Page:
January 30, 2019

How to train your pixies

WORDS BY   Tadej BorovÅ¡ak


Setting up a preboot execution environment (PXE) server is relatively straightforward task once you know how various pieces fit together. But setting it up for the first time can be quite a challenge. And if you think "Hey, there are already countless semi-working tutorials on the internet", well, we have got some good news for you: ours is fully-working ;)

What is this PXE you are talking about

For those of you who have never heard about PXE: it is an environment consisting of

  1. dynamic host configuration protocol (DHCP) server and
  2. trivial file transfer protocol (TFTP) server.

Combination of both servers allows us to boot operating system over a network.

In order for this process to work, network interface controller (NIC) needs to have support for PXE built-in, but this is true for almost any network adapter on the market today.

If you are in a hurry or you just do not care about the inner workings of the PXE, you can skip to the PXE server setup section and get your hands dirty now. We will only judge you a little bit ;)

The rest of us will take a little detour and have a closer look at how PXE components actually work together.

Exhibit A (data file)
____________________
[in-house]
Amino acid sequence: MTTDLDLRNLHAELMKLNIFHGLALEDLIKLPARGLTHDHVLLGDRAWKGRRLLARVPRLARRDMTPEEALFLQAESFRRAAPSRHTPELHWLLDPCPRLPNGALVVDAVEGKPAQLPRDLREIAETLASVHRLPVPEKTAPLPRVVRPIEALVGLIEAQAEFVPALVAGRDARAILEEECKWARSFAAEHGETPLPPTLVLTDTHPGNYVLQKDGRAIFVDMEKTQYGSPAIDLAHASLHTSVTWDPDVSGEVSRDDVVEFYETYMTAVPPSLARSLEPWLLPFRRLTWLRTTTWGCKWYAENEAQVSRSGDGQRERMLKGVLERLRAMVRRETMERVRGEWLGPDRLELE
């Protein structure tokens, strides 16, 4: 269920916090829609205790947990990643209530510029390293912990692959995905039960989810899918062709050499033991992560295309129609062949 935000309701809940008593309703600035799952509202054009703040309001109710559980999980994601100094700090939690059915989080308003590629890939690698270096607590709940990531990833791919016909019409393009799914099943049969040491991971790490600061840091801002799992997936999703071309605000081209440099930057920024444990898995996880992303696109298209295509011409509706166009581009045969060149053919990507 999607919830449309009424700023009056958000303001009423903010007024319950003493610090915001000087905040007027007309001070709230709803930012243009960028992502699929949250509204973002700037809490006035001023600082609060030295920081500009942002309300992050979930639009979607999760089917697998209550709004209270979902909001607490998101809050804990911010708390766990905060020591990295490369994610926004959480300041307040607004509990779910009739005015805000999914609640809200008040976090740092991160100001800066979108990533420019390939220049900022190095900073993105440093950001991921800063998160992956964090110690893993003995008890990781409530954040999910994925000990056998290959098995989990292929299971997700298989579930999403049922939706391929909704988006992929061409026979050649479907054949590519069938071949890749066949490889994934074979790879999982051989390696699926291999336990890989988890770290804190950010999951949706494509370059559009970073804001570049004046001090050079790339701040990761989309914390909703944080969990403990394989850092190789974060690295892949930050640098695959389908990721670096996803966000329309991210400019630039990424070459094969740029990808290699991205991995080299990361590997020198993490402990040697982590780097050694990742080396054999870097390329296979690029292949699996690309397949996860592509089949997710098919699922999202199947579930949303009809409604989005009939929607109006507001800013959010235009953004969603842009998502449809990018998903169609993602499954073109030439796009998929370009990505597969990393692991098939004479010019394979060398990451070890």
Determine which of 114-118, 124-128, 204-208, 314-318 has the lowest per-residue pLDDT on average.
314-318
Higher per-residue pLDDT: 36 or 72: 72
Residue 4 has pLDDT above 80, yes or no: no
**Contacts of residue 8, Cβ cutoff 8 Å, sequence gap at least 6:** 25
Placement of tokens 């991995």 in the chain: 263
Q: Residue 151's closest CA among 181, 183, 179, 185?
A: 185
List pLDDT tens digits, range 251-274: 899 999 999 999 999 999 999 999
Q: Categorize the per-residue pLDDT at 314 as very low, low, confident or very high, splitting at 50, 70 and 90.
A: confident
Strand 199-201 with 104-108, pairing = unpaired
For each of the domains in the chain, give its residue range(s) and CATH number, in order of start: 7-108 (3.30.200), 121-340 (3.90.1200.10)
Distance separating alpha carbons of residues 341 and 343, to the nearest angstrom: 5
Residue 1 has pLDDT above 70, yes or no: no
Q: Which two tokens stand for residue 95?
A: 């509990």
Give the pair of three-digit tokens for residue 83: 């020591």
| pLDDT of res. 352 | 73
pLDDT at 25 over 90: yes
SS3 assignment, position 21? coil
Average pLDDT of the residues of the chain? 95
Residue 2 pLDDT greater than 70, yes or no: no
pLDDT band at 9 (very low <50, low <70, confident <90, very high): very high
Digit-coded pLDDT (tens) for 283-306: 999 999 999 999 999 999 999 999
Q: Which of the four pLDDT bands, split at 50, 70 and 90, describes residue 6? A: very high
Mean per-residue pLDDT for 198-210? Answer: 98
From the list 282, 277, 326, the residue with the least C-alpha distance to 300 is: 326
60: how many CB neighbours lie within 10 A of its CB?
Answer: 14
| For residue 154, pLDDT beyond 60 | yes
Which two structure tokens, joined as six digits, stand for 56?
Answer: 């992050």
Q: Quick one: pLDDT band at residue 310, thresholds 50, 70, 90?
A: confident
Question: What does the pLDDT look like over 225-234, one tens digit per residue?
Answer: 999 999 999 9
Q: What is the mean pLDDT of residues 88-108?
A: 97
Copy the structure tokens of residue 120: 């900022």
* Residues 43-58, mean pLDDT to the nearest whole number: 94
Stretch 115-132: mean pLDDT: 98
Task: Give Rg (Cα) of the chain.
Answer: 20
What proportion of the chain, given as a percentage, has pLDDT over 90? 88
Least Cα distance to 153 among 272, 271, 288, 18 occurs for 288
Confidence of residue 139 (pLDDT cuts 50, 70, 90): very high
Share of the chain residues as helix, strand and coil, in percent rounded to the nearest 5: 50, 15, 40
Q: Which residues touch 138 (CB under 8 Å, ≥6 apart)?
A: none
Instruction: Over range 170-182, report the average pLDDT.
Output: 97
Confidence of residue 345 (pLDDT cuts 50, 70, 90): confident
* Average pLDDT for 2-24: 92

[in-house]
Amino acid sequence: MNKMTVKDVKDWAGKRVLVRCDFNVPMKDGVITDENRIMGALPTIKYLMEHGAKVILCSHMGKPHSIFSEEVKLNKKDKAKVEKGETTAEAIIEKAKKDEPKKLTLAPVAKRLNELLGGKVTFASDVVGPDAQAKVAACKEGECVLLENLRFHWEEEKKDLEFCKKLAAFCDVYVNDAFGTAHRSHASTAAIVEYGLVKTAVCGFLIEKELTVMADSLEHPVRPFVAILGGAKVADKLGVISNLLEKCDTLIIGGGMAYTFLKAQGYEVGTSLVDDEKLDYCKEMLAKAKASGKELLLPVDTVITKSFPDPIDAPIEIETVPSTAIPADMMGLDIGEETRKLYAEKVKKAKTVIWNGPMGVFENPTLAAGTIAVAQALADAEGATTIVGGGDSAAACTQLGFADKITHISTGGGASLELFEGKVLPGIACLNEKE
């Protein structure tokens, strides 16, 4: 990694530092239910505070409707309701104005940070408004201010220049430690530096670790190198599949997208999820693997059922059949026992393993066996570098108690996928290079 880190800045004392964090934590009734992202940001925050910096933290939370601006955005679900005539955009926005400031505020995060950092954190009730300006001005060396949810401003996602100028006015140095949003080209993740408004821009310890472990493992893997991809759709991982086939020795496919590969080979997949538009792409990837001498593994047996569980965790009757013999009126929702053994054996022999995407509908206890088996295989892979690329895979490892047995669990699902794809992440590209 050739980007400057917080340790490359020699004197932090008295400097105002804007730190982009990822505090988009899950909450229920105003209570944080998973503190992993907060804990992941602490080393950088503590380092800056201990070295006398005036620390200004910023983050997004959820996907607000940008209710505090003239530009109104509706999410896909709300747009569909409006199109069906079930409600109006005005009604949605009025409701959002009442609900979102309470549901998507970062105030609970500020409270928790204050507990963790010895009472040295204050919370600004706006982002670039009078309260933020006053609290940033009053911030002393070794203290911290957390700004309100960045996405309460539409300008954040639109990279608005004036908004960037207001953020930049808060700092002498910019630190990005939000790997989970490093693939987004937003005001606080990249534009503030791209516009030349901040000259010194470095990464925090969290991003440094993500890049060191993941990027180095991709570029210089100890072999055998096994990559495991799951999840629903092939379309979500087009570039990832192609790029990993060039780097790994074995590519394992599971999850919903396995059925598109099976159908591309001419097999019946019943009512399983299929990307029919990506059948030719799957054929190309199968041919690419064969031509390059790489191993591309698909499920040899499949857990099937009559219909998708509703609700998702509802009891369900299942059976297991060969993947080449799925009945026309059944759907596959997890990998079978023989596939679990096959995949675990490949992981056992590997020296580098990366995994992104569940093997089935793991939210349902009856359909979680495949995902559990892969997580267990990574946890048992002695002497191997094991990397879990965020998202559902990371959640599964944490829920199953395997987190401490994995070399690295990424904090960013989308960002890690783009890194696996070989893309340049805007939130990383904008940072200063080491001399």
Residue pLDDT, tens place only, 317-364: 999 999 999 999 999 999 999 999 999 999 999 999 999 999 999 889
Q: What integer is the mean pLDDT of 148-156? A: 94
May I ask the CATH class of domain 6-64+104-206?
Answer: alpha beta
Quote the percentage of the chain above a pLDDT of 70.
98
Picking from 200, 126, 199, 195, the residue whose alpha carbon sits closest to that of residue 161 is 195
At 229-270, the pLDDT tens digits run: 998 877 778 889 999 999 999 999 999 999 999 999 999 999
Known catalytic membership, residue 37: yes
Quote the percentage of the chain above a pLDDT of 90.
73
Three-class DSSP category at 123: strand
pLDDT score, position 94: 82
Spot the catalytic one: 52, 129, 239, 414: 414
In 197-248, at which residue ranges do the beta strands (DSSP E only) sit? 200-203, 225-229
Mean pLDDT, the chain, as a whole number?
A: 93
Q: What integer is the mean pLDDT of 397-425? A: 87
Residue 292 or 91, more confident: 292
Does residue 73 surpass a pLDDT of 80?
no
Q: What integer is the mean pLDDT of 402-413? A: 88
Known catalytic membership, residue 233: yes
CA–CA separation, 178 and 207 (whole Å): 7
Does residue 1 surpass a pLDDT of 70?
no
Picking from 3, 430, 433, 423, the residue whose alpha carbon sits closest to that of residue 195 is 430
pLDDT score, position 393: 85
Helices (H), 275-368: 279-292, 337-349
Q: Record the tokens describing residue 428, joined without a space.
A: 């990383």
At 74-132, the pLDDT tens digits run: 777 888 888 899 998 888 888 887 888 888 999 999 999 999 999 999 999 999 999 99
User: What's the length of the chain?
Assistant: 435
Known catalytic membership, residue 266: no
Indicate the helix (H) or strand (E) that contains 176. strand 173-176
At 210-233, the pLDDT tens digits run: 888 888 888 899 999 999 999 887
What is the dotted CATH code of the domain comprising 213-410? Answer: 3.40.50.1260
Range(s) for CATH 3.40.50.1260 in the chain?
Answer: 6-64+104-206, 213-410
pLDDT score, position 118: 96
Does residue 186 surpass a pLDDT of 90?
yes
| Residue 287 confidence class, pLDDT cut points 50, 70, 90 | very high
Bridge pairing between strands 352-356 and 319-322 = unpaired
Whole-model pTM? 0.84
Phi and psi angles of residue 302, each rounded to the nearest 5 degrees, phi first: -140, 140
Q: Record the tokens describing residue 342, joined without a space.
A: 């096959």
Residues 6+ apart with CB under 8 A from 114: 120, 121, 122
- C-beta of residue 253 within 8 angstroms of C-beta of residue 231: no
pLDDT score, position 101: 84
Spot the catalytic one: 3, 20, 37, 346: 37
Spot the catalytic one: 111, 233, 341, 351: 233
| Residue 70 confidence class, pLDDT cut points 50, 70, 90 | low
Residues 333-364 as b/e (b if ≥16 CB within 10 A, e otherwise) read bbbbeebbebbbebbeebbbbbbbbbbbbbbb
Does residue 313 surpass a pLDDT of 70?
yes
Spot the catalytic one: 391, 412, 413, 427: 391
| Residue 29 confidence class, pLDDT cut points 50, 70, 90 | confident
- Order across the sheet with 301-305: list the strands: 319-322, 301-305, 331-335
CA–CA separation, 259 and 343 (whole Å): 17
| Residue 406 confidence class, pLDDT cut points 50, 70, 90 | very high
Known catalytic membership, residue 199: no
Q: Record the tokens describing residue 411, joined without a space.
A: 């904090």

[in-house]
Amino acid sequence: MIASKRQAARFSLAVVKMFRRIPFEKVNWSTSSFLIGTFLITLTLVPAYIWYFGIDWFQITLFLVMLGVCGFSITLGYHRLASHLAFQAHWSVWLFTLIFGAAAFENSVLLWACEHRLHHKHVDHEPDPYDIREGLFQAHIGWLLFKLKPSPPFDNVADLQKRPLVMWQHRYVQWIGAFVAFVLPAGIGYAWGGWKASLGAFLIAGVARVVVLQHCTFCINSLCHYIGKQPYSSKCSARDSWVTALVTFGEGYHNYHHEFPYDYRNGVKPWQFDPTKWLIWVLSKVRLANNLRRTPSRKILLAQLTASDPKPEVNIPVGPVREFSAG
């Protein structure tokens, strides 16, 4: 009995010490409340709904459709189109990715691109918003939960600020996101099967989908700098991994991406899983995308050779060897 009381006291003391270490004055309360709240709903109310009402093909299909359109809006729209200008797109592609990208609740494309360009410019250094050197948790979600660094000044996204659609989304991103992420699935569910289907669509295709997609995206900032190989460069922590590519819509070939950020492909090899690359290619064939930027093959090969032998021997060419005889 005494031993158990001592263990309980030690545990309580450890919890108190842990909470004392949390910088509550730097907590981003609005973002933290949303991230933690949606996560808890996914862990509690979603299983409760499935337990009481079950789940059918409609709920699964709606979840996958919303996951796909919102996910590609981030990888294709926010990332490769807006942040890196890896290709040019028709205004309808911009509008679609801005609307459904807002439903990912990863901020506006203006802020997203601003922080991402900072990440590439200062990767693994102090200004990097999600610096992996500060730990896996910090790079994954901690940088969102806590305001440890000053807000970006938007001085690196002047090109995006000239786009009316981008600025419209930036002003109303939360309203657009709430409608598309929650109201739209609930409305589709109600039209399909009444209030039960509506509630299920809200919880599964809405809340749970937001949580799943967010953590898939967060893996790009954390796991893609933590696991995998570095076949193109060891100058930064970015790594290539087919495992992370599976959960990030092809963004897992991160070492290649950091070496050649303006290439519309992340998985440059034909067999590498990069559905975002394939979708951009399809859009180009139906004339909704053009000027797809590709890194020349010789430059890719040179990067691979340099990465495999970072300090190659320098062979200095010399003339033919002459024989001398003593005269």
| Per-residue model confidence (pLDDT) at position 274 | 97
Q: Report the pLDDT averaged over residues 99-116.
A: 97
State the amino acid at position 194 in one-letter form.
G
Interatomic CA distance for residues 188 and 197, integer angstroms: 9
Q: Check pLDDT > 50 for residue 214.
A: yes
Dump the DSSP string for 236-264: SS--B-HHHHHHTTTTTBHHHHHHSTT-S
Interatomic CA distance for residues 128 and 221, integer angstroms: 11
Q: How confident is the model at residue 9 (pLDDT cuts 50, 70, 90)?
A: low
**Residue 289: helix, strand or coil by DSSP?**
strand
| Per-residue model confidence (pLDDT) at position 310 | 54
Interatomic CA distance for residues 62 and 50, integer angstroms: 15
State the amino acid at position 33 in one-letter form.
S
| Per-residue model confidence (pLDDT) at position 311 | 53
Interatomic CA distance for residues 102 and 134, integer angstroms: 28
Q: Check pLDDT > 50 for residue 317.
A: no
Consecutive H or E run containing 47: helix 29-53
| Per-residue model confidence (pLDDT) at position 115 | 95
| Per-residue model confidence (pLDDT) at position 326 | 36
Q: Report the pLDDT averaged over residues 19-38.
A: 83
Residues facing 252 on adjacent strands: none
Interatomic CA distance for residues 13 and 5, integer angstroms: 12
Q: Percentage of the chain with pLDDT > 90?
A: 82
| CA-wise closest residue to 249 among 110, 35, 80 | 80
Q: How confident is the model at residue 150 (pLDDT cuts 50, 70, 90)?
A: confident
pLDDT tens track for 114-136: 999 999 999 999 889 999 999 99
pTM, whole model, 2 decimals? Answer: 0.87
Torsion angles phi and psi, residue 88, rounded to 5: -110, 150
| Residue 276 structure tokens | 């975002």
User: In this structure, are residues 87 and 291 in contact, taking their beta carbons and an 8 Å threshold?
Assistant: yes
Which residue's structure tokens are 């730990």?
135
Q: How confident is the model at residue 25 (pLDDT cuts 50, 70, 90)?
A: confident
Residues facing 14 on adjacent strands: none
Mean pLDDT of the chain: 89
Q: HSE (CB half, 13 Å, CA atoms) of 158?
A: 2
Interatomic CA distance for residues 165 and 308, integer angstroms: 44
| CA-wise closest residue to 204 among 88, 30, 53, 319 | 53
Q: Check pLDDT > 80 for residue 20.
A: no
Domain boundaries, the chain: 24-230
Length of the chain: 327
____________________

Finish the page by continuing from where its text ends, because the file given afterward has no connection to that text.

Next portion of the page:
What pixies do

If our computer is set to boot over the network, there are a couple of steps taken by the computer's NIC when we power it on.

It all starts when computer's NIC broadcasts DHCPDISCOVER packet that contains PXE-specific parameters in its request list. The two most important ones are TFTP server name and Bootfile name. They tell the DHCP server that it should send the TFTP server address and path to the network bootstrap program (NBP) in the response. Relevant parts of the DHCPREQUEST packet are shown in the next listing, copied from the Wireshark.

Bootstrap Protocol (Discover)
    Client IP address: 0.0.0.0
    Your (client) IP address: 0.0.0.0
    Next server IP address: 0.0.0.0
    Boot file name not given
    Option: (55) Parameter Request List
        Parameter Request List Item: (66) TFTP Server Name
        Parameter Request List Item: (67) Bootfile name

If the DHCP server is configured properly, it responds with the DHCPOFFER packet that contains all the pieces of the requested information, including the PXE-specific options that client requested. In the listing below we can see the TFTP server can be reached at 10.10.10.10 and that the NBP program path that should be downloaded and run is /pxelinux.0.

Bootstrap Protocol (Offer)
    Client IP address: 0.0.0.0